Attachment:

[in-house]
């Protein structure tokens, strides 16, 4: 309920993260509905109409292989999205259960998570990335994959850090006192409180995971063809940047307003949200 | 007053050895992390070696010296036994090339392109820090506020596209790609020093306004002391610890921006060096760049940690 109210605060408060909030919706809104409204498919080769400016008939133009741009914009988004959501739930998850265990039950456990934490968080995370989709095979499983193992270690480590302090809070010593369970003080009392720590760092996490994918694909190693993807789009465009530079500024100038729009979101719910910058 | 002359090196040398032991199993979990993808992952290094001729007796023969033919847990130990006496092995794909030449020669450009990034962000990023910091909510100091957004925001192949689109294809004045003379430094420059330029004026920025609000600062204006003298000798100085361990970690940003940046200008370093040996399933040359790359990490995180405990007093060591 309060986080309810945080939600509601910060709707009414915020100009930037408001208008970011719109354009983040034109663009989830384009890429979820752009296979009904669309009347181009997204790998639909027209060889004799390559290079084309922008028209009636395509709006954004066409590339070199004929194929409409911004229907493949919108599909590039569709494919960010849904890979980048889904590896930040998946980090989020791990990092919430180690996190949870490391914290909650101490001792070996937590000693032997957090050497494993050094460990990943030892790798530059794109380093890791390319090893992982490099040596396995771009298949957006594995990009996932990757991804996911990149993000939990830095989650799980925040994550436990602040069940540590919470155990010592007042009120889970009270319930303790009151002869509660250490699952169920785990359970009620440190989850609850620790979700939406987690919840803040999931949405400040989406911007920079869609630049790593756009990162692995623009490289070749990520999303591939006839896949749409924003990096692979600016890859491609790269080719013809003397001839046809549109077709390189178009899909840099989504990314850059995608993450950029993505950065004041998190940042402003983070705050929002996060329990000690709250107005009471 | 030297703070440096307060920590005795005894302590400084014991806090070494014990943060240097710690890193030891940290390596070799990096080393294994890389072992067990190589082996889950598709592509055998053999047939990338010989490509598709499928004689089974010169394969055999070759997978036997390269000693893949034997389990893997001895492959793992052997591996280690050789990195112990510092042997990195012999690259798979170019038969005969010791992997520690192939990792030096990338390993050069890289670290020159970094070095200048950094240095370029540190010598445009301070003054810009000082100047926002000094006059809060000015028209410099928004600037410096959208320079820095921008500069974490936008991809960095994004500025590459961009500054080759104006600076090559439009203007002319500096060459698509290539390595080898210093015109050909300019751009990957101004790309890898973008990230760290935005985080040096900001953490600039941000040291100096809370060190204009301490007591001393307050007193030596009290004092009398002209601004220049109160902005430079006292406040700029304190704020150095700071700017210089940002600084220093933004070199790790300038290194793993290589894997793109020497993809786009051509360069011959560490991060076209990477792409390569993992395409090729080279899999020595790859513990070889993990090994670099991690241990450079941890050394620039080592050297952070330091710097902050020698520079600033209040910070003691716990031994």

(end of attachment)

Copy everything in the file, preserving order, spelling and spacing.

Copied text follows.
[in-house]
């Protein structure tokens, strides 16, 4: 309920993260509905109409292989999205259960998570990335994959850090006192409180995971063809940047307003949200 | 007053050895992390070696010296036994090339392109820090506020596209790609020093306004002391610890921006060096760049940690 109210605060408060909030919706809104409204498919080769400016008939133009741009914009988004959501739930998850265990039950456990934490968080995370989709095979499983193992270690480590302090809070010593369970003080009392720590760092996490994918694909190693993807789009465009530079500024100038729009979101719910910058 | 002359090196040398032991199993979990993808992952290094001729007796023969033919847990130990006496092995794909030449020669450009990034962000990023910091909510100091957004925001192949689109294809004045003379430094420059330029004026920025609000600062204006003298000798100085361990970690940003940046200008370093040996399933040359790359990490995180405990007093060591 309060986080309810945080939600509601910060709707009414915020100009930037408001208008970011719109354009983040034109663009989830384009890429979820752009296979009904669309009347181009997204790998639909027209060889004799390559290079084309922008028209009636395509709006954004066409590339070199004929194929409409911004229907493949919108599909590039569709494919960010849904890979980048889904590896930040998946980090989020791990990092919430180690996190949870490391914290909650101490001792070996937590000693032997957090050497494993050094460990990943030892790798530059794109380093890791390319090893992982490099040596396995771009298949957006594995990009996932990757991804996911990149993000939990830095989650799980925040994550436990602040069940540590919470155990010592007042009120889970009270319930303790009151002869509660250490699952169920785990359970009620440190989850609850620790979700939406987690919840803040999931949405400040989406911007920079869609630049790593756009990162692995623009490289070749990520999303591939006839896949749409924003990096692979600016890859491609790269080719013809003397001839046809549109077709390189178009899909840099989504990314850059995608993450950029993505950065004041998190940042402003983070705050929002996060329990000690709250107005009471 | 030297703070440096307060920590005795005894302590400084014991806090070494014990943060240097710690890193030891940290390596070799990096080393294994890389072992067990190589082996889950598709592509055998053999047939990338010989490509598709499928004689089974010169394969055999070759997978036997390269000693893949034997389990893997001895492959793992052997591996280690050789990195112990510092042997990195012999690259798979170019038969005969010791992997520690192939990792030096990338390993050069890289670290020159970094070095200048950094240095370029540190010598445009301070003054810009000082100047926002000094006059809060000015028209410099928004600037410096959208320079820095921008500069974490936008991809960095994004500025590459961009500054080759104006600076090559439009203007002319500096060459698509290539390595080898210093015109050909300019751009990957101004790309890898973008990230760290935005985080040096900001953490600039941000040291100096809370060190204009301490007591001393307050007193030596009290004092009398002209601004220049109160902005430079006292406040700029304190704020150095700071700017210089940002600084220093933004070199790790300038290194793993290589894997793109020497993809786009051509360069011959560490991060076209990477792409390569993992395409090729080279899999020595790859513990070889993990090994670099991690241990450079941890050394620039080592050297952070330091710097902050020698520079600033209040910070003691716990031994």